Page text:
The Nanoprocessor lacked a complete microprocessor ALU (arithmetic logic unit) but it did have shift, mask, bit-set, bit-clear, bit-test, jump, branch, and subroutine-call instructions. Schlotzhauer recalls using a rudimentary assembler running on an HP 2100-series minicomputer to program the Nanoprocessor. He more strongly recalls the need to carefully count the cycles used for each routine to get the timing correct. In those days, with the very slow clock rates in use, every machine cycle was precious. In addition, Schlotzhauer’s code was going into a ROM in the I/O card, so it had to be perfect. Fixing bugs in the code once the I/O card was released into the market would have been horrendously expensive for HP in terms of warranty costs and lost good will.

While Schlotzhauer was working on the development of the HPIB I/O card code, he was also reviewing Nairn’s work on the I/O ROMs for the HP 9825A and acting as LID’s representative on the project. Schlotzhauer remembers being very concerned about what HP’s customers would see and do when working with the I/O extensions to HPL. “There was a sense that this was something big.” he says.

Kolesar, Nairn, Barney, and Schlotzhauer collaborated to define the HP 9825A’s General I/O ROM. The option ROM’s purpose was to add the I/O capabilities that had evolved in the second-generation HP desktop calculators (the HP 9810, 9820, 9821, and 9830) to the HP 9825A. The General I/O ROM ultimately grew to include printer drivers, HP 9862A plotter drivers, and formatting commands. (Nairn’s days spent writing the auto dealership application package for Wang paid dividends in the General I/O ROM’s formatting commands.) However, the General I/O ROM alone did not make the HP 9825A into “a controller” as Chris Christopher had commanded. More was needed. A lot more.

The Extended I/O ROM took the HP 9825A into the world of instrument control. Nairn’s work with Dick Barney and Ed Schlotzhauer to develop a set of high-level HPIB commands added the language extensions needed to allow the HP 9825A to make HP instruments sing by making the full range of HPIB commands and responses available directly to the programmer through HPL, the HP 9825A’s high-level programming language. An “on interrupt” command and interrupt-driven I/O buffers allowed HP 9825A programmers to create interrupt-driven service routines in HPL. Binary operations allowed programmers to convert between decimal and octal number representations and to use Boolean operations to mask bits in status and control words. String conversion routines allowed automatic conversion from the modified ASCII character set used by the HP 9825A and other “foreign” character sets. Finally, a set of interface-control operations gave HPL programmers direct access to the status and control registers inside of the I/O cards for extremely deep I/O program control.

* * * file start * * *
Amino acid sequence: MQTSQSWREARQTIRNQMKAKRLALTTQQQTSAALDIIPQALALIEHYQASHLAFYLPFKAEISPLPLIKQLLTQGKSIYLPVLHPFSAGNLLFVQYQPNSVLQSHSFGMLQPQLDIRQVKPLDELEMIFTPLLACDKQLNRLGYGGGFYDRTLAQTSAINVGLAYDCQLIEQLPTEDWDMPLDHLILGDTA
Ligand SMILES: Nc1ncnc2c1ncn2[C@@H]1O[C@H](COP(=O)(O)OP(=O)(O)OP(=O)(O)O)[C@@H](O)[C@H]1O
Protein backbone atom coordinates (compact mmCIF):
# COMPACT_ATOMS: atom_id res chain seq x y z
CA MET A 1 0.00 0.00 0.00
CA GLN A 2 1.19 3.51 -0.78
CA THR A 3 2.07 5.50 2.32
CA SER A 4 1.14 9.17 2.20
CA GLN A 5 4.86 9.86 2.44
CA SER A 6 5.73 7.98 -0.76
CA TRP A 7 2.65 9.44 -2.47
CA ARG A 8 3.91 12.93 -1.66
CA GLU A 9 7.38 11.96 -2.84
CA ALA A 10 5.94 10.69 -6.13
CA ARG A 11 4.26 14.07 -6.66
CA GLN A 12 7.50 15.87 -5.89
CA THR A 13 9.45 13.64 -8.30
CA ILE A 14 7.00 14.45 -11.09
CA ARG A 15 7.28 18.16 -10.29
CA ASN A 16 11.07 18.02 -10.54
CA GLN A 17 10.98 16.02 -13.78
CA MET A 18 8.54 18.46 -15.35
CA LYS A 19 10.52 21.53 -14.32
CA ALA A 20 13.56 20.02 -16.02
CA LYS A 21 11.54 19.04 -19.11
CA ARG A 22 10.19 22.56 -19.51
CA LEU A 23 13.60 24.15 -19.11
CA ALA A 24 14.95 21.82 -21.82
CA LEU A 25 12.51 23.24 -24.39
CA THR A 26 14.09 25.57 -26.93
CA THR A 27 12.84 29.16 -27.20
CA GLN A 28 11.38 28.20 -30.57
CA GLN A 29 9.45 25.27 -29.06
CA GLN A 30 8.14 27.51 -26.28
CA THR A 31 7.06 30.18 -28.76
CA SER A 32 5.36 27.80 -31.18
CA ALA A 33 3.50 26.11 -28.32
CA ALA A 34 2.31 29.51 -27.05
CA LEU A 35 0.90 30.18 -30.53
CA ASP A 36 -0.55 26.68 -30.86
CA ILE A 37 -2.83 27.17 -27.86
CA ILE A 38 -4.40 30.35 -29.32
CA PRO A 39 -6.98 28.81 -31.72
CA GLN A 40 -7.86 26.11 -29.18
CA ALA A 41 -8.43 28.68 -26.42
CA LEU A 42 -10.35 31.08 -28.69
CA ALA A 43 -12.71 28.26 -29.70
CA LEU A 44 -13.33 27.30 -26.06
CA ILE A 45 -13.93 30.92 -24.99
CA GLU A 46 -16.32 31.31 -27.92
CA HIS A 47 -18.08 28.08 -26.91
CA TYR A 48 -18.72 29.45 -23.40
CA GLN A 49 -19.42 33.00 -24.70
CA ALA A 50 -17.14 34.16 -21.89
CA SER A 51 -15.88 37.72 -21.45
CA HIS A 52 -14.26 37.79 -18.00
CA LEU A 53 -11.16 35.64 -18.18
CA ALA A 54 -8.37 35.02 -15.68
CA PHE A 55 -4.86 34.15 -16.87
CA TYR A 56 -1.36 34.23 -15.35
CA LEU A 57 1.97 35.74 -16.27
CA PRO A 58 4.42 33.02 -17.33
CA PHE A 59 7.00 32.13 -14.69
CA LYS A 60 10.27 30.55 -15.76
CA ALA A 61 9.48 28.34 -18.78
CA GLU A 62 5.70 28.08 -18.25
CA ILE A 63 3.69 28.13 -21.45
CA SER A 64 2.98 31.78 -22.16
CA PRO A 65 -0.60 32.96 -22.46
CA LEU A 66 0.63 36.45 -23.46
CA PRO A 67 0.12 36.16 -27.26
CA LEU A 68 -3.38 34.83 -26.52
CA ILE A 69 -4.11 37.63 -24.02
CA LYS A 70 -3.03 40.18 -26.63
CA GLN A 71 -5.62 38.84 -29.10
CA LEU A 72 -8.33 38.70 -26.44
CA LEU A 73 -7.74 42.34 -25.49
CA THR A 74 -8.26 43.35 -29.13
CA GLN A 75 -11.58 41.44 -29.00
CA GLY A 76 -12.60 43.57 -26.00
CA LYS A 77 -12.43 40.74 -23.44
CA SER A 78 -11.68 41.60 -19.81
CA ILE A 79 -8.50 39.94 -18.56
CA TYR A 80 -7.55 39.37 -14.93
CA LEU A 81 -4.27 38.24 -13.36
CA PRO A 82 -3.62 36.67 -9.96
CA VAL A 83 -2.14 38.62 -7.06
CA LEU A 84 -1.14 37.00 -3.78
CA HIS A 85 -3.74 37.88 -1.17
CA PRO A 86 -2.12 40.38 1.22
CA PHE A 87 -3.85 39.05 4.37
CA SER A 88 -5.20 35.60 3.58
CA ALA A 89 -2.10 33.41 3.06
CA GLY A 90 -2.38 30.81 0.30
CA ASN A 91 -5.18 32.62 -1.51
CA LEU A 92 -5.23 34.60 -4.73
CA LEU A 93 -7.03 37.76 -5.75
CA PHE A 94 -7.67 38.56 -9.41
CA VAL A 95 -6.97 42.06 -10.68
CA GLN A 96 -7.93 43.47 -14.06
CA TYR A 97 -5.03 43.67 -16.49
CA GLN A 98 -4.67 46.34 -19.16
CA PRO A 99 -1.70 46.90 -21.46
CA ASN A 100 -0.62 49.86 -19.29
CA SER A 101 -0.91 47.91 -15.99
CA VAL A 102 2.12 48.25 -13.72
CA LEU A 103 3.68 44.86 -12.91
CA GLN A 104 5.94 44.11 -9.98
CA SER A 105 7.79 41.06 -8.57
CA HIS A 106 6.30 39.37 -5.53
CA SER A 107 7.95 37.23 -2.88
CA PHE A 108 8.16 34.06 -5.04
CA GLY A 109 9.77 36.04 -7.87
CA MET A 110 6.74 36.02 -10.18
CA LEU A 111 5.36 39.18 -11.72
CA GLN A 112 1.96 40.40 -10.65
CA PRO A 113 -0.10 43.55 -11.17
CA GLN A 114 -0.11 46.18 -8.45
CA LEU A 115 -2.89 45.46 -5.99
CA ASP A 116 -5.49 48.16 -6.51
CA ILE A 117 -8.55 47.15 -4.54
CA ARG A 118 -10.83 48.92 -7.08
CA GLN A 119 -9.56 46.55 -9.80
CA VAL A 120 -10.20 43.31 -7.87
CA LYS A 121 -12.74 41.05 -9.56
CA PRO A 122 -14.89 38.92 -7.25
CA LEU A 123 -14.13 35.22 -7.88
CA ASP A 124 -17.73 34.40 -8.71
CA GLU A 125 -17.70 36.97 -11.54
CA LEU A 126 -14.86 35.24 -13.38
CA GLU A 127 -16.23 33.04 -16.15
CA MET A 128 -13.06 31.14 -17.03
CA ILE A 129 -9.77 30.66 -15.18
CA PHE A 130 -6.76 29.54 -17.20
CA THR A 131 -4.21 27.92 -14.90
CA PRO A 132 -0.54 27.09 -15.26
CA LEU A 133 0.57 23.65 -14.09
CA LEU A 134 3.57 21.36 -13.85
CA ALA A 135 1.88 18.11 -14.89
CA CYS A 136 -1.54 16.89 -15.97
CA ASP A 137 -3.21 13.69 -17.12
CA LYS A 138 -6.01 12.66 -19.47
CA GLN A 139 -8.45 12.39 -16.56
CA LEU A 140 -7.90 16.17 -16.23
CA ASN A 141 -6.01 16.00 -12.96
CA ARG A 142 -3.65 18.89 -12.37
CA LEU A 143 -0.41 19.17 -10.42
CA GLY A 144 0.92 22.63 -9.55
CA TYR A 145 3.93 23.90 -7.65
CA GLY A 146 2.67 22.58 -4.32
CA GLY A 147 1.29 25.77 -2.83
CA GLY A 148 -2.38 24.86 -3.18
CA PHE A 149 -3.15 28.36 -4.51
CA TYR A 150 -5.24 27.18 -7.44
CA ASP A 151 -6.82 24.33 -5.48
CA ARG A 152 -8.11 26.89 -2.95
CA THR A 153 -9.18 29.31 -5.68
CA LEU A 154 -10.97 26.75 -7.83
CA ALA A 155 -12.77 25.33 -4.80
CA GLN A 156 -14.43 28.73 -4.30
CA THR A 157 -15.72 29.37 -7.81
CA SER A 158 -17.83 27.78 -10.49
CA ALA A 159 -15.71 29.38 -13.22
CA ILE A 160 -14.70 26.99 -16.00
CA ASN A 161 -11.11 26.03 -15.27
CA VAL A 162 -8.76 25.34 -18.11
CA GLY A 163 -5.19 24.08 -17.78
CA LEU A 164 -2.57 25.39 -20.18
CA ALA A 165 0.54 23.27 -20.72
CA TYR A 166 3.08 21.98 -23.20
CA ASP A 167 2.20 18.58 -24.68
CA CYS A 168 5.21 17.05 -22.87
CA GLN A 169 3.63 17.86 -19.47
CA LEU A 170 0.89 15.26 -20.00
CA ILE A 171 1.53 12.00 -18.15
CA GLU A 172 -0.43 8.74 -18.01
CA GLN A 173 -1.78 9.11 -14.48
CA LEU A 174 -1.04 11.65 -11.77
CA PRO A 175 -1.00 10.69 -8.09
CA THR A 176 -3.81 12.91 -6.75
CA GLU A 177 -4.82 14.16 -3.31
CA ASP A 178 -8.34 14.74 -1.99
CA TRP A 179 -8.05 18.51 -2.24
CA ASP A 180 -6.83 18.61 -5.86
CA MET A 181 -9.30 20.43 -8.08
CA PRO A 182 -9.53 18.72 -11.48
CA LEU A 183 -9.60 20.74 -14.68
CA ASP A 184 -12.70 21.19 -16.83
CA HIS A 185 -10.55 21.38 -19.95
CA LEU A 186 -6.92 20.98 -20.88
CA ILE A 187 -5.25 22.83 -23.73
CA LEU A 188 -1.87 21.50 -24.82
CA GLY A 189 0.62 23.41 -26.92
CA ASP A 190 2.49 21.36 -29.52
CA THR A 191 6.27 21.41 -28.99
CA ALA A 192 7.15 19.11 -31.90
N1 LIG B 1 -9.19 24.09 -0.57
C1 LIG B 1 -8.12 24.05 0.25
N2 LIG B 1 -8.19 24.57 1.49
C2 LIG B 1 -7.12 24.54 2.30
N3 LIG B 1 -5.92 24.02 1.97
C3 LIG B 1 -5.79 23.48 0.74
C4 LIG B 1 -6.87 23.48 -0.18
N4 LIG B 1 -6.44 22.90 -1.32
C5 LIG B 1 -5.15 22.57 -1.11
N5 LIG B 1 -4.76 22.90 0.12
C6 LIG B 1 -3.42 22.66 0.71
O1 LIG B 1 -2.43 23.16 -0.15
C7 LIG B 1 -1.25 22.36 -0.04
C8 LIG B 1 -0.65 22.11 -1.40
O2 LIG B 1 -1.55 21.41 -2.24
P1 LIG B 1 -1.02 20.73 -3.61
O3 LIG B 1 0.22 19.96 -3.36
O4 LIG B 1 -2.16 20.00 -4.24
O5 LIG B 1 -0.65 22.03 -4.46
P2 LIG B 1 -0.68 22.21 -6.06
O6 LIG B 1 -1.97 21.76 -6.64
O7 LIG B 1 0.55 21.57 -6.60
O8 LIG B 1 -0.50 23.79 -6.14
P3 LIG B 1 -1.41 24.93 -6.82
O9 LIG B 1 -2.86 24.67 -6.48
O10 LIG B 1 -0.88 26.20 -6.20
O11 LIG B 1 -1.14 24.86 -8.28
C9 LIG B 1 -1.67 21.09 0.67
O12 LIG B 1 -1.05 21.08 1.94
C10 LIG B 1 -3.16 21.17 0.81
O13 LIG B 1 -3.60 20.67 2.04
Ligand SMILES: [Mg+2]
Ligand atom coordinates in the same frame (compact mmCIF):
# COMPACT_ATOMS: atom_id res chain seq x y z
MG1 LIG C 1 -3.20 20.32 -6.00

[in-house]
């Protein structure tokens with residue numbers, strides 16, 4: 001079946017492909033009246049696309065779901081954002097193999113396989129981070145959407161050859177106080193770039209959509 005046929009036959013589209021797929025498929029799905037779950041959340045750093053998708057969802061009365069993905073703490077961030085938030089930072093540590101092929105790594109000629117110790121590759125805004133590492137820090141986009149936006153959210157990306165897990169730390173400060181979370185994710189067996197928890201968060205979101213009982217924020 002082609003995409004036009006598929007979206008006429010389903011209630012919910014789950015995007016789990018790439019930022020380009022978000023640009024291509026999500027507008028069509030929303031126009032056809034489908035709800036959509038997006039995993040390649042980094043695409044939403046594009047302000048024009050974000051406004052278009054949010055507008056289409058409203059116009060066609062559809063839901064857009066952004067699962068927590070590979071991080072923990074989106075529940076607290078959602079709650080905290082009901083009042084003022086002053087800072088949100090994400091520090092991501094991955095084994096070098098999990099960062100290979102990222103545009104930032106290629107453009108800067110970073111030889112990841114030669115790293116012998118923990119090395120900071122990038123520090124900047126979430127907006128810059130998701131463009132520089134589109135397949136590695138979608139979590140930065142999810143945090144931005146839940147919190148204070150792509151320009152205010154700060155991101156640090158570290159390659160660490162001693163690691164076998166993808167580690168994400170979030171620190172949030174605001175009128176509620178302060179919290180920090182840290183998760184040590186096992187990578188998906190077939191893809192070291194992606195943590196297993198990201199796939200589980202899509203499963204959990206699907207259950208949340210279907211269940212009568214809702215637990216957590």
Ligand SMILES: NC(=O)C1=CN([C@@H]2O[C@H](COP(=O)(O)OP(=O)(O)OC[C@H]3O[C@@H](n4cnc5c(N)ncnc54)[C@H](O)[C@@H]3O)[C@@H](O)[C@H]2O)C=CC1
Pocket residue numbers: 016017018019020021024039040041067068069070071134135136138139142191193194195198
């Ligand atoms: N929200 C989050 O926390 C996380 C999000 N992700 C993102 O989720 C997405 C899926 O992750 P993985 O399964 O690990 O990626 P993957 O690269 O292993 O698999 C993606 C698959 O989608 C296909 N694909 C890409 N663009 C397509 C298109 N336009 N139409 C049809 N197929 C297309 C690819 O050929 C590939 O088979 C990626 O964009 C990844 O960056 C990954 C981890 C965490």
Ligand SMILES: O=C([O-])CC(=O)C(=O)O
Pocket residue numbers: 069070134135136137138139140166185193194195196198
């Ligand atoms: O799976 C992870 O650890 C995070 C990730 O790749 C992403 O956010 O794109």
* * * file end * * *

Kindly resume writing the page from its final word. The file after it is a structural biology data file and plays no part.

These features were unheard of in computing machines of this class. Nairn’s Extended I/O ROM did indeed transform the HP 9825A into a controller, per Chris Christopher’s wishes. The Extended I/O ROM combined with Dick Barney’s and Ed Schlotzhauer’s HP 98034A HPIB card made the HP 9825A into the world’s best instrument controller, per Jerry Nelson’s wishes.

After the HP 98034A HPIB card was released to production, Dick Barney became a project manager and moved to the HP 9845A development project under Chuck Near. Barney was in charge of the HP 9845A’s CRT design. Ed Schlotzhauer returned to LID and his next big project was the HP 3060A board tester.

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HP 98034 Board 1

HP 98034 Board 2

Dick Barney designed these two boards for the HP 9825A’s HPIB card, the HP 98034A. This card was the first I/O card to use HP Loveland’s Nanoprocessor (the large white integrated circuit in the lower photo). Ed Schlotzhauer wrote the code for the HP 98034A’s embedded Nanoprocessor. It was his first software project at HP.

The Nanoprocessor was nearly a microprocessor. It had a program sequencer and could perform logical operations but lacked arithmetic functions. Dick Barney used 40 integrated circuits (including two DIP switches that are the same size as integrated circuits) compared to the 30 integrated circuits that Mike Kolesar needed for the HP 98032A parallel I/O card. Note that one of the HP 98034A circuit boards is not square and that both boards are larger than those designed for the HP 98032A parallel I/O card. The larger size and irregular shape permit the addition of a third more integrated circuits than needed for the design of Mike Kolesar’s HP 98032A.

Also note the handwritten “-5.0V” on the Nanoprocessor (the big white chip). This specification is for the Nanoprocessor’s back-gate bias and it varied from one manufacturing batch to the next, so the correct voltage, measured during final testing, had to be printed on each chip. A resistor with a custom value was soldered into the board during the assembly of the HP 98034A to set this voltage properly.


Information on the I/O pages of this site came from interviews with: Don Morris, Geoff Chance, Chris Christopher, Mike Kolesar, John Nairn, Dick Barney, Larry Smith, Ed Schlotzhauer, and from the memories of Steve Leibson.

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All text Copyright 2004 to 2010 - Steve Leibson